Budget in the season of protests

The Union Budget will be overshadowed by the ongoing mass protests across India, and the government has missed the chance to narrow its focus and concentrate on the economy. This is not deliberate and is the result of an error in judgment from the prime minister. 

He has been seeking to defuse the anger and the passion. But he has failed because he does not really understand what underpins this nationwide movement against the citizenship laws, and so doesn’t comprehend how to overcome it.

There was an opportunity to hit pause on the protests, if not an outright stop, in the Supreme Court this week, but that opportunity was not taken. 

The attorney general could have voluntarily sought a stay on the Citizenship Amendment Act till the court sent down its judgment on its constitutionality. His instructions were instead to stall. This he succeeded in achieving. The government had filed no response to the 60 or so petitions it had already received weeks ago. But the judges chose to give the Modi government another four weeks, reasoning that the Centre had not received all the petitions. 

The question is what the delay will achieve. The prime minister may think things will blow over in that time. They won’t, and this is why the Budget will suffer as a result.

When you have little or no engagement with the other side, you cannot figure out what to do to engage, negotiate with, crush or pacify them. This is the case with the Bharatiya Janata Party (BJP) and the people it is faced with in the anti-Citizenship Amendment Act (CAA) movement. 

Before independence and before the rise of the Muslim League under MA Jinnah, only 3 per cent of the Congress party’s members were Muslims. After Jinnah’s ascendancy even this modest number fell dramatically, and in all honesty there was no meaningful Muslim representation in Congress. This is why Abul Kalam Azad, a great intellectual, had to suffer being called the “show boy” of the Congress Party. It was not an unfair slur to make: It honestly reflected the numbers. The absence of Muslims in Gandhi’s and Nehru’s Congress made them unaware of what the community wanted, which was a fair share in power, and certainly unaware of the strength of its feeling. 

The situation in the BJP today is worse. It has always had one or two national representatives, never popularly elected, who are its fig leaf. Names like Sikander Bakht, Mukhtar Naqvi and Shahnawaz Hussain come to mind. Out of the BJP’s 303 Lok Sabha MPs, none is a Muslim.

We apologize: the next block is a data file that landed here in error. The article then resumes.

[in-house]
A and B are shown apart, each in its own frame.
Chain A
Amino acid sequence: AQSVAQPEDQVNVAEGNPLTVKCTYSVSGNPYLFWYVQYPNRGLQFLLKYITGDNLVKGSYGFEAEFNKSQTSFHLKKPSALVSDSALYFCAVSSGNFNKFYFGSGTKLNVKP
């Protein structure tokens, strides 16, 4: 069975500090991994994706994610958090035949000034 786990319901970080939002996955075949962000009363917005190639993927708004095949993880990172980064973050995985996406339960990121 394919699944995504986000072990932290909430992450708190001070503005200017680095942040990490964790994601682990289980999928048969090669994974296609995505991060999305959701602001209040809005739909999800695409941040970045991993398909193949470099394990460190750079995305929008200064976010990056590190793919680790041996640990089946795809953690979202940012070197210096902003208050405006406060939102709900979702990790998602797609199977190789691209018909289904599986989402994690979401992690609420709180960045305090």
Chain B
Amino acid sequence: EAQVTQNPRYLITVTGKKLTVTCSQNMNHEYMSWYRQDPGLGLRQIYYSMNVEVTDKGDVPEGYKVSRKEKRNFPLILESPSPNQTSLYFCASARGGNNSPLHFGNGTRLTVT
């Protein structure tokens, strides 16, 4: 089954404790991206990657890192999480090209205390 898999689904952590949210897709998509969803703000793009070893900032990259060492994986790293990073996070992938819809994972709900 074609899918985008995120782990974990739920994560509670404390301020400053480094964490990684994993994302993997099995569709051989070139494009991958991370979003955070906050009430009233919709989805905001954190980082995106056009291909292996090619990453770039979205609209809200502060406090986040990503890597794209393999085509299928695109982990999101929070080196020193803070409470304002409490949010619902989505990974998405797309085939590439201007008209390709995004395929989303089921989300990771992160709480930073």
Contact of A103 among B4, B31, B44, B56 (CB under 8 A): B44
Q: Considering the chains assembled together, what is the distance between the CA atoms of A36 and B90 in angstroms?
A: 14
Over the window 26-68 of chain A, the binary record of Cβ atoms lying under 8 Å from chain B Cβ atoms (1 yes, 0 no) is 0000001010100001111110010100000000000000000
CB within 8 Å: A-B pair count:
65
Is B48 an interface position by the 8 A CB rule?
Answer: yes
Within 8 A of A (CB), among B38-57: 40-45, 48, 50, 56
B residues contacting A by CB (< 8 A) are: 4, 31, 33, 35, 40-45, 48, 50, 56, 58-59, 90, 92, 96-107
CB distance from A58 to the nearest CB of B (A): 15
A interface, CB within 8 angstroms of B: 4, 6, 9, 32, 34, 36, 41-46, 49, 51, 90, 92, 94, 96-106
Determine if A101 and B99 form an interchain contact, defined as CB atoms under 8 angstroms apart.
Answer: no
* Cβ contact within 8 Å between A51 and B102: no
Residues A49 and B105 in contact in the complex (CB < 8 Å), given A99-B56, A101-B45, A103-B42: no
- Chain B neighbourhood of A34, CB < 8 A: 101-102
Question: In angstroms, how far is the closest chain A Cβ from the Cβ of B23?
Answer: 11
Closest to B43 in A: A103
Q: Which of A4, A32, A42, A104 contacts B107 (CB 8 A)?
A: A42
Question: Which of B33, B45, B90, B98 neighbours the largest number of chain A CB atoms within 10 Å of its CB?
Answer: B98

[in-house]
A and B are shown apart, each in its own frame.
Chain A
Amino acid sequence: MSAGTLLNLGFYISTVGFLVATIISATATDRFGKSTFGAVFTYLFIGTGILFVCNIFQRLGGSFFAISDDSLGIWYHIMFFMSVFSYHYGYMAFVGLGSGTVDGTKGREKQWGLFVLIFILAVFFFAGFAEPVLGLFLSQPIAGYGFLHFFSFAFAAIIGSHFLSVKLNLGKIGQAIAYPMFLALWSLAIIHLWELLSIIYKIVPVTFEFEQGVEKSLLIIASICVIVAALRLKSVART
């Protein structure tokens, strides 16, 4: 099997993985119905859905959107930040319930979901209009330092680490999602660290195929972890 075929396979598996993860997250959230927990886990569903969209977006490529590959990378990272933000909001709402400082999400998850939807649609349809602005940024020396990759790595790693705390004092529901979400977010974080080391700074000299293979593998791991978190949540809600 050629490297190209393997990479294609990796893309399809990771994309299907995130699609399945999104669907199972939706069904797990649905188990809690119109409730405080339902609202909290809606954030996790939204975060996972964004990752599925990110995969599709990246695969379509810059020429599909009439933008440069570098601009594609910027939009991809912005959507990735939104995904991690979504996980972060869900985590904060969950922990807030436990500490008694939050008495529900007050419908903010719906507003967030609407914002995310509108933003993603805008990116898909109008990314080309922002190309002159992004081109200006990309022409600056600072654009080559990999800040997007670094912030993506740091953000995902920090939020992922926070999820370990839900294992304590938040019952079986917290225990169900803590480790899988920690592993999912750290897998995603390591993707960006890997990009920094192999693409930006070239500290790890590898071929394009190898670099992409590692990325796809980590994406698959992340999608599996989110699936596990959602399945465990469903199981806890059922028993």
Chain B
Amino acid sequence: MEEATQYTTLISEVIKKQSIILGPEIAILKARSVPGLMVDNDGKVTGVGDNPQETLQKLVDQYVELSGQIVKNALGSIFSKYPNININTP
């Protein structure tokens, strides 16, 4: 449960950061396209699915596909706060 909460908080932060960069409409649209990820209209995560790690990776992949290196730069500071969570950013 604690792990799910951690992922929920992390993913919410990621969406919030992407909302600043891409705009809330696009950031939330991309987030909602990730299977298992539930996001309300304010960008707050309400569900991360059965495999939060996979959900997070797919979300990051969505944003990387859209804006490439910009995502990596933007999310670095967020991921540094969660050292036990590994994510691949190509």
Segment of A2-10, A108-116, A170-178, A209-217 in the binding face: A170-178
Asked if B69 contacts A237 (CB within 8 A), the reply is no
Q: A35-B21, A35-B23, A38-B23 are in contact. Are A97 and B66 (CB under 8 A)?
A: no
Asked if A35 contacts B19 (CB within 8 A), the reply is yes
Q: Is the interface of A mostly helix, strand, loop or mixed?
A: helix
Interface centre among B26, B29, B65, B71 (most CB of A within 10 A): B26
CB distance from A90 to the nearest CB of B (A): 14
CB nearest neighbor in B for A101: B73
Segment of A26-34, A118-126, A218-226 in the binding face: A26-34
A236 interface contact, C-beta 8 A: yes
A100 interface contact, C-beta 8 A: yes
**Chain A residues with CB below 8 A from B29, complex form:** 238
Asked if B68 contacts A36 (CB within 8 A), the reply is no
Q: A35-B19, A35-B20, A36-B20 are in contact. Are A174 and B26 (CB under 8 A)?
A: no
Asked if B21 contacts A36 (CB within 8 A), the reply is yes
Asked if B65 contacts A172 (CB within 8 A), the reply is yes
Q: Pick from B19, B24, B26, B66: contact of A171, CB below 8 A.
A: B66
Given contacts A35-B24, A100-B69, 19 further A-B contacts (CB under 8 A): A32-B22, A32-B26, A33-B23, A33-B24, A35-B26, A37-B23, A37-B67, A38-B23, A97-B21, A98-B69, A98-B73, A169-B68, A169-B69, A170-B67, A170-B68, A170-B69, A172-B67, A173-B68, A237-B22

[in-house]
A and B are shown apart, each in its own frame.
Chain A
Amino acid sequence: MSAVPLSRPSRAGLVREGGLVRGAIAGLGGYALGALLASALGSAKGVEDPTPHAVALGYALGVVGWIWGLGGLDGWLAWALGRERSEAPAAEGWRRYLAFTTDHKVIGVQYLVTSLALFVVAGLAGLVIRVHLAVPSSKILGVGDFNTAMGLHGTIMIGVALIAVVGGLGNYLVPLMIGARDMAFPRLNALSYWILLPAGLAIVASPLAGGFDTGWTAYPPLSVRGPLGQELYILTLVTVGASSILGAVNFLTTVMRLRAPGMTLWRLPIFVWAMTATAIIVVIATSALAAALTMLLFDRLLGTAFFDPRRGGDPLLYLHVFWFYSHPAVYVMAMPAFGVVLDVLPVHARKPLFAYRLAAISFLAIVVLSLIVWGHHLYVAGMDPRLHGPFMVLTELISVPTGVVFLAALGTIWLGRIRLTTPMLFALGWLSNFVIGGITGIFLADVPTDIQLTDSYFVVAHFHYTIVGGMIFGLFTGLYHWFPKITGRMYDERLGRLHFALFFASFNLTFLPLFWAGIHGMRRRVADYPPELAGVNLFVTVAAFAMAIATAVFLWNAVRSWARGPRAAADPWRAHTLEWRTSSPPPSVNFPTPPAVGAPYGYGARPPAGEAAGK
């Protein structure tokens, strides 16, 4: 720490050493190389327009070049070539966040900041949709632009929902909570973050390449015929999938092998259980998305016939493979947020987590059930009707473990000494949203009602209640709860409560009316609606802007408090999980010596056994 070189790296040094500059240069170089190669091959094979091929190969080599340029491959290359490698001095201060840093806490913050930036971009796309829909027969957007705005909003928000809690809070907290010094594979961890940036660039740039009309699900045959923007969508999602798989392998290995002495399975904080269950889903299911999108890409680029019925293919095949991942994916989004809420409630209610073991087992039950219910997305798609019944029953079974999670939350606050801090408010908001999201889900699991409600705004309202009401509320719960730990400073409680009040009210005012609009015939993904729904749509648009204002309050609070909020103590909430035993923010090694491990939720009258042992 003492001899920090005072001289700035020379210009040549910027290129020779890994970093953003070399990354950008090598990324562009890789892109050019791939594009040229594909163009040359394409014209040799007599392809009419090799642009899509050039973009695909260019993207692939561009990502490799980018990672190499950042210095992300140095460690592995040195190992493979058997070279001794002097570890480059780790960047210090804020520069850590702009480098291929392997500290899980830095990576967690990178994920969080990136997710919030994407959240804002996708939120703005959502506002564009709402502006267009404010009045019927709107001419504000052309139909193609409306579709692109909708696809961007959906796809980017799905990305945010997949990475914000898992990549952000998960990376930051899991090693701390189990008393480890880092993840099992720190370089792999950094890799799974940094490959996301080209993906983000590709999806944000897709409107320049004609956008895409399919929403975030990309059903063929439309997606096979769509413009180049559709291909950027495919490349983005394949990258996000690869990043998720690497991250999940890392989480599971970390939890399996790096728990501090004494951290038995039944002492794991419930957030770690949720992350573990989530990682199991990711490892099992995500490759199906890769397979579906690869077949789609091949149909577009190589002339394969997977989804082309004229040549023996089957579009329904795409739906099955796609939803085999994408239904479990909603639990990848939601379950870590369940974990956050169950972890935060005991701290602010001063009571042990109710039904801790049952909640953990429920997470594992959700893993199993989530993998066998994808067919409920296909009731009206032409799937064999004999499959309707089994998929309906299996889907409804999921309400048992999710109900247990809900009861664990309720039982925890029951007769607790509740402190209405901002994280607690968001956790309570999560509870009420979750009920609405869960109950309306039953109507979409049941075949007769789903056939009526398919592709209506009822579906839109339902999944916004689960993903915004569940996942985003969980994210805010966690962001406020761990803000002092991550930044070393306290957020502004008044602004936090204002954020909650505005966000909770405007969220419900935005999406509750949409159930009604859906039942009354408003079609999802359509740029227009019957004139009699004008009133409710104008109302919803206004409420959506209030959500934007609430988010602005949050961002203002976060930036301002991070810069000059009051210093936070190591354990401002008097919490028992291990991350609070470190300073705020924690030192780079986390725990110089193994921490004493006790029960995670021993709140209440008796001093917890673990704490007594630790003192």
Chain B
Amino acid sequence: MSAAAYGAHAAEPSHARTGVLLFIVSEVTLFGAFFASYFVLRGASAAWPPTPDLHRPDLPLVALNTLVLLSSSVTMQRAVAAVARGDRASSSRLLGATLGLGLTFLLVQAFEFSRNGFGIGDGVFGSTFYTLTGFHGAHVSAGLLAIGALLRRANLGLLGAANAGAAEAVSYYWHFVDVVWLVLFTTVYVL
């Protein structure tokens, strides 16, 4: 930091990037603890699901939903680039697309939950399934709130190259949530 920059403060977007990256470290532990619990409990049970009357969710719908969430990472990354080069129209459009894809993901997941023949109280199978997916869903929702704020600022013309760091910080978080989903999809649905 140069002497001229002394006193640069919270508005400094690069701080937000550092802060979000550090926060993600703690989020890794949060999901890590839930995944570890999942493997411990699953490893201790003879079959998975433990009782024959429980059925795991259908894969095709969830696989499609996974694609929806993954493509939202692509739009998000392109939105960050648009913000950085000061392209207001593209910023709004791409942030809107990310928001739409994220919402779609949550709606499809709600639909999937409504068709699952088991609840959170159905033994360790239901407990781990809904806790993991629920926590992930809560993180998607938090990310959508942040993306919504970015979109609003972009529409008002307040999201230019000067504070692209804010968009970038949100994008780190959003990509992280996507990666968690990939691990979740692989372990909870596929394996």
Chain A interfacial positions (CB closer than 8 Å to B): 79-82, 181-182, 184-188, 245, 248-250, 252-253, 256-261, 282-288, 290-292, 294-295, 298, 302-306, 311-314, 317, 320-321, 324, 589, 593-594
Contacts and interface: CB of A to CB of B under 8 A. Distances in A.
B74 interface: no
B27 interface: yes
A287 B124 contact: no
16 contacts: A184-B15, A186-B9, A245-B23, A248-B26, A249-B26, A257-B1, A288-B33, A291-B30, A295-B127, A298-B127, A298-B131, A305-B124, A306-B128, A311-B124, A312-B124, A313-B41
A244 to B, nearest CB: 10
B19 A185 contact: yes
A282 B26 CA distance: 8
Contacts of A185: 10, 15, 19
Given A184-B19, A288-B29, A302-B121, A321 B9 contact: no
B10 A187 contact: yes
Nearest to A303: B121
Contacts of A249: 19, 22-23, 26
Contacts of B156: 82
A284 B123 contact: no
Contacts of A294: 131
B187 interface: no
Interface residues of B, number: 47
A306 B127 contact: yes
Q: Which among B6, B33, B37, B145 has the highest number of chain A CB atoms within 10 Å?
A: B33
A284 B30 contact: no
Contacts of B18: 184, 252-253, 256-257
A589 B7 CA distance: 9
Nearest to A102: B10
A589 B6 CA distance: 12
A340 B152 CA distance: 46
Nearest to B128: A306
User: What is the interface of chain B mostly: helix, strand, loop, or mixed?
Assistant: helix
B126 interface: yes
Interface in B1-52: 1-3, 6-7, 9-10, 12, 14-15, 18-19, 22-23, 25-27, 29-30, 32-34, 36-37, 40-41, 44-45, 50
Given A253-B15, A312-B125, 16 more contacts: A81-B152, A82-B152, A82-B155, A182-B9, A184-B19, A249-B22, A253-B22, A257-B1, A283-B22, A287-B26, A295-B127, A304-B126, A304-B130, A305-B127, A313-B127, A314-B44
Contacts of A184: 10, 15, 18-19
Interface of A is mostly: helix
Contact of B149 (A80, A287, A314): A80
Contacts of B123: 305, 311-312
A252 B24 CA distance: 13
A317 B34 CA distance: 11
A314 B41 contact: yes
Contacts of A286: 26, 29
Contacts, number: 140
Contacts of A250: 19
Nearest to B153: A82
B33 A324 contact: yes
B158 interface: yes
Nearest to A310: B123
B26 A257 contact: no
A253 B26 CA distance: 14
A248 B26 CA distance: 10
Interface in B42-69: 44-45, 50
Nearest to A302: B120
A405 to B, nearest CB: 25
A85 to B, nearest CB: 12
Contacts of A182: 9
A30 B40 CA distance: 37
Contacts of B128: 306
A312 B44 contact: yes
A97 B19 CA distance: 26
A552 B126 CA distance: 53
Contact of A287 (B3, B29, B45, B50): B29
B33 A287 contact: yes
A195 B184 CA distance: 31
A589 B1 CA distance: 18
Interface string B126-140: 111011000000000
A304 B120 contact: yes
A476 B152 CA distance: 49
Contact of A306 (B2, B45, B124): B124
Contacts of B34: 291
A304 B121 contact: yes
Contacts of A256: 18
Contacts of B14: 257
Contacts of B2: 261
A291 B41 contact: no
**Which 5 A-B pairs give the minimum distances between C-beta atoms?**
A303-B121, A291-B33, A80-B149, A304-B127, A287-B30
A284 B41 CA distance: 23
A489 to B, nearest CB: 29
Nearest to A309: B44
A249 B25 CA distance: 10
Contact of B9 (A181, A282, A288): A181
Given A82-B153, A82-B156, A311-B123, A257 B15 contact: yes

Neither Naqvi nor Hussain has come to the anti-CAA protests and would not dare to come. They know they are show boys in the true sense of the word. But that reality also means the BJP has zero contact at the ground level with the protestors, who are to a large extent Muslim, joined by students and a smattering of the group contemptuously called liberals.

The government does not have a sense of the energy and the resolve of those on the street because it is not there and the people it knows are not there. The other reason for its ignorance of what it is faced with is that to the largest extent these are spontaneous and not politically led. Other than in West Bengal, the crowds in the rest of India are leaderless.

Illustration: Binay Sinha
This means the political parties, friends and even adversaries, Modi and Shah rub shoulders with in Parliament also have little or no connect with the anti-CAA movement.

In Uttar Pradesh, Akhilesh Yadav’s  Samajwadi Party chose not to support the protestors, wary of the communal spin given to them and the Yadav voters will react negatively. Yadav and Mayawati may have assumed also that the hard posture of the Uttar Pradesh government would have broken the spirit of those on the street. This did not happen and sit-ins are now underway in Allahabad, Azamgarh and Kanpur other than Lucknow.

All of this means that the political establishment is unconnected and dislocated from the millions who seek change. Despite the attempted clarification offered by the prime minister, there is no clarity on what is going to happen regarding citizenship. He said that his government had not formally discussed the National Register of Citizens so far. That doesn’t really mean anything and as assurances go, it is weak. It has sent a clear message neither to the protestors nor the state.

They are still aware that from April 1, the National Population Register will begin to be rolled out. In many states like Bihar and Odisha there is ambiguity about what will happen. In BJP-run states it is clear that the process will unfold and produce chaos. 

In Bangalore, the homes and shops of 300 people were razed on the accusation that they were Bangladeshi. The media reported that they were not, but so what if they were? The state must follow due process and not put up its xenophobia for all the world to see.

To the protestors looking on at such events across the country, this will be a further reason to dig in and not give up. They are fighting for their constitutional rights and for survival. This is a different kind of thing than the protests this government or any previous Indian government is used to. And they will not end because of the usual tactics of delay and brutality.

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